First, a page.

Angela Amador doesn’t want a pity party; she just wants to pay the rent. ‘My mom called me during the summer,’ the fourth-year English major recalled one evening after a long shift at Starbucks, where she is a barista. ‘She was like, ‘I’m sorry to tell you this, but you have to get a job.”
So, she did. In fact, she got three.
Amador is one of a rapidly growing number of college students across the country who are working 25 or more hours each week while still maintaining their status as full-time students.
For Amador, that means a tricky juggling act involving a weekly total of 30 hours of work, three different employers and three rigorous classes—classes in which she often finds herself lagging.
‘I feel really guilty because I know I don’t give my all in my classes as much as I used to since I’m so behind,’ Amador said. ‘I’m just usually really tired. Every class is just something for me to get through. And attendance-wise, honestly, sometimes I just sleep in because I’m so tired from work.’
This, according to a recent study funded by the Higher Education Project of the State Public Interest Research Groups, is not at all surprising.
The study’s researchers, Tracey King and Ellynne Bannon, gathered data from the U.S. Department of Education and found that roughly 75 percent of all college students in the United States balance school with work, with 46 percent of them working 25 or more hours a week. One in five works full time.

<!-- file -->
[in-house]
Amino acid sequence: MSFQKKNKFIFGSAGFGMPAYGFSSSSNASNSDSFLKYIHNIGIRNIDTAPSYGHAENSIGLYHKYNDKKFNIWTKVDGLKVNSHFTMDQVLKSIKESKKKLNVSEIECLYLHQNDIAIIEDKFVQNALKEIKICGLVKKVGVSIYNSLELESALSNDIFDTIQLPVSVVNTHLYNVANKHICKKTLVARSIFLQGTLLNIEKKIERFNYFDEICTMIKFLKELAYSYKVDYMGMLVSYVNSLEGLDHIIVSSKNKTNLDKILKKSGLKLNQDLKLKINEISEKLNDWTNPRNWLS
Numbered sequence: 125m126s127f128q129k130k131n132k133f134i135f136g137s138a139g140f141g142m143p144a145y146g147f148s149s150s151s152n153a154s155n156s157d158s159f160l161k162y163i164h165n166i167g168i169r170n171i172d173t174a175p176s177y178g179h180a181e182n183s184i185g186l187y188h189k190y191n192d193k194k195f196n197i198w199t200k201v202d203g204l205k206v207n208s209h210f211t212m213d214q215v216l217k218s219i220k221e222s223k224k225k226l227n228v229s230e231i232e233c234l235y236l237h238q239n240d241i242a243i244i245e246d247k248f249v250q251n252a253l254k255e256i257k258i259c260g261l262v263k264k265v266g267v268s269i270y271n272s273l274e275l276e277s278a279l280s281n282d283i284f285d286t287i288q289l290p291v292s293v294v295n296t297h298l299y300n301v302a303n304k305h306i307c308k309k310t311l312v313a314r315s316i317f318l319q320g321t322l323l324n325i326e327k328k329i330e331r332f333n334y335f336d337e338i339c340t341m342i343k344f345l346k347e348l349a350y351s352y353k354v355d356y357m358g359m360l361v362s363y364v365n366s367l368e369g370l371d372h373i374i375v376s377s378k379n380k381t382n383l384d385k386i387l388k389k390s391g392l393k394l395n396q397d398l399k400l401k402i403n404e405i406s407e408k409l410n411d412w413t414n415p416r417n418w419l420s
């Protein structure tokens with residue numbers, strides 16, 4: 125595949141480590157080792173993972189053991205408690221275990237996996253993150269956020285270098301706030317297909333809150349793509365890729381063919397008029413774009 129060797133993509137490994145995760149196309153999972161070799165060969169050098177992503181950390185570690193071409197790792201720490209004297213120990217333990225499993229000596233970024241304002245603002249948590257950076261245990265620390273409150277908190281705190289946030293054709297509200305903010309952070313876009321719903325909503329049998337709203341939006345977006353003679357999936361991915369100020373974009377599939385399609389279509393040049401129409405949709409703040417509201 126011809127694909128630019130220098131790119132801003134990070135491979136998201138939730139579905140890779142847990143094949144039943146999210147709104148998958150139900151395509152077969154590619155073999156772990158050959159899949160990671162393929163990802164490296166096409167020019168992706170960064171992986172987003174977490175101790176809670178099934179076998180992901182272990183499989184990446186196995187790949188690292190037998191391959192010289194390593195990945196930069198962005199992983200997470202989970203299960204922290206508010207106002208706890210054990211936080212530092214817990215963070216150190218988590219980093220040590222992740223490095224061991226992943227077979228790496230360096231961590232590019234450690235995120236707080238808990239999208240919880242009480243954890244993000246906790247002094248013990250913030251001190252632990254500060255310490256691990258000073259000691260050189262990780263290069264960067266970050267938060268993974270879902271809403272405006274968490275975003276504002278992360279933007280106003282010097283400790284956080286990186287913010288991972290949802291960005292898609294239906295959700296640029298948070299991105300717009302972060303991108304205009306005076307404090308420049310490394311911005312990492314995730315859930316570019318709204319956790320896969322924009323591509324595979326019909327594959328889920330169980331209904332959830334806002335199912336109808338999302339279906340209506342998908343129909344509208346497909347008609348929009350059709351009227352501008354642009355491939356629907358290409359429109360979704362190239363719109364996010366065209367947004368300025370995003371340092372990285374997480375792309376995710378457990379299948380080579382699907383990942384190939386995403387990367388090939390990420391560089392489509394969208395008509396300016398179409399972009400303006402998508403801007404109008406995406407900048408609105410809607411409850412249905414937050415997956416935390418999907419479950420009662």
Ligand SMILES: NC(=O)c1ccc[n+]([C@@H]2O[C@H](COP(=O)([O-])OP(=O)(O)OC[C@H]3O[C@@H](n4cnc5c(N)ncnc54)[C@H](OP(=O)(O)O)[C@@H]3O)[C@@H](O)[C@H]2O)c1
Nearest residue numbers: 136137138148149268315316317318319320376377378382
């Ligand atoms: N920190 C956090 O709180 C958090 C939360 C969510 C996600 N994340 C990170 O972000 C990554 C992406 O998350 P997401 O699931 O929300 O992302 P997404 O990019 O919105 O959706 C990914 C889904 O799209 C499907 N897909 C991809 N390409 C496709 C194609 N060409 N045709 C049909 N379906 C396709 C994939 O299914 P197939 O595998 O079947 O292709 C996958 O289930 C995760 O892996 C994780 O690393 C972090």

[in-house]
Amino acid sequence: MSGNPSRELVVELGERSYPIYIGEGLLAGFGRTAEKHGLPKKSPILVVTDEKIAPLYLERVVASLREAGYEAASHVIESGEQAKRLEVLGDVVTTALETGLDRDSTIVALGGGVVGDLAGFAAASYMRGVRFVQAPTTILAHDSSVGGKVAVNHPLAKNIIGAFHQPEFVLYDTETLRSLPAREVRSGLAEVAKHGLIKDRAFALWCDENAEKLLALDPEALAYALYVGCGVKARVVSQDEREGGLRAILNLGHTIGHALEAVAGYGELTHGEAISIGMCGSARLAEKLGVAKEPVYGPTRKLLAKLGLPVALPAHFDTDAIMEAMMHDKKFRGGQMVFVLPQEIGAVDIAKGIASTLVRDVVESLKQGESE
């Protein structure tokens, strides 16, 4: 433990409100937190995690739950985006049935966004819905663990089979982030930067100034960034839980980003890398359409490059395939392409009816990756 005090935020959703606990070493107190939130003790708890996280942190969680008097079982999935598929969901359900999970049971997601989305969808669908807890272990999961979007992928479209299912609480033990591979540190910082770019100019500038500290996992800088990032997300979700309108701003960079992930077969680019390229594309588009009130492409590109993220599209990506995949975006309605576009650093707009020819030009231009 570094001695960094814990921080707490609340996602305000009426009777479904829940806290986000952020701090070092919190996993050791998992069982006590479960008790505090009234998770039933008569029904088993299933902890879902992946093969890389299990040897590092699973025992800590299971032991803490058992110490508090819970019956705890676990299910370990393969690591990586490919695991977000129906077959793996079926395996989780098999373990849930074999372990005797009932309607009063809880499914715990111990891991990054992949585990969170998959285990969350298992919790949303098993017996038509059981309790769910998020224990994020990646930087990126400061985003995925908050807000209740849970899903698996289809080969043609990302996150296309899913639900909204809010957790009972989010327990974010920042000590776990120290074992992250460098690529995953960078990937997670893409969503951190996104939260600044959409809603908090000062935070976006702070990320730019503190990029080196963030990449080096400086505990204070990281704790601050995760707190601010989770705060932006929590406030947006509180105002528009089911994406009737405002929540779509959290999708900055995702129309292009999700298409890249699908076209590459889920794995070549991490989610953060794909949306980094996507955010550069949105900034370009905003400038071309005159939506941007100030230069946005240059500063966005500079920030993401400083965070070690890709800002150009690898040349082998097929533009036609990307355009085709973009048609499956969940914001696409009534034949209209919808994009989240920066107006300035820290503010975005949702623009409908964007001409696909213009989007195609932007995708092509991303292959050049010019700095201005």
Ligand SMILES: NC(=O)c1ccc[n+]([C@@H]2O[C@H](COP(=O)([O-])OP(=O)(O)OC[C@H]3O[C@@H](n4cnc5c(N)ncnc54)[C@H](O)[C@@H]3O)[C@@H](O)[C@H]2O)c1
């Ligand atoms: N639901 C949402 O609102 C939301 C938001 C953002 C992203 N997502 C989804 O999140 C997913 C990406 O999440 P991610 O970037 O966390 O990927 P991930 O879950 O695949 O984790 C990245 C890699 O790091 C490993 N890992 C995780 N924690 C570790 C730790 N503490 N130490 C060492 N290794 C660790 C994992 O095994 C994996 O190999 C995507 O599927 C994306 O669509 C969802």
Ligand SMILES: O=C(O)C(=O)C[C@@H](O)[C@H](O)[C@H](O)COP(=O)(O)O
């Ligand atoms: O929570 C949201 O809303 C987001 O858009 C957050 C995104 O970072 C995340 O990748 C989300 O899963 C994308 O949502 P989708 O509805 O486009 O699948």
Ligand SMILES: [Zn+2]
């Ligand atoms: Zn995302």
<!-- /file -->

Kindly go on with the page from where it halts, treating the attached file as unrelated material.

Such long hours would not be possible for a student who works for a UC Irvine employer; all on-campus student positions cap the number of hours a full-time student can work at 19.5 a week. Consequently, many students seek off-campus jobs that don’t limit their hours.
It doesn’t take a degree to figure out that the more a student works, the more his or her grades are likely to suffer.
That realization is what caused Cliff Anderson-Bergman, a fourth-year mathematics major and a transfer student from San Francisco State University, to finally quit his job as a waiter for R&D Caf
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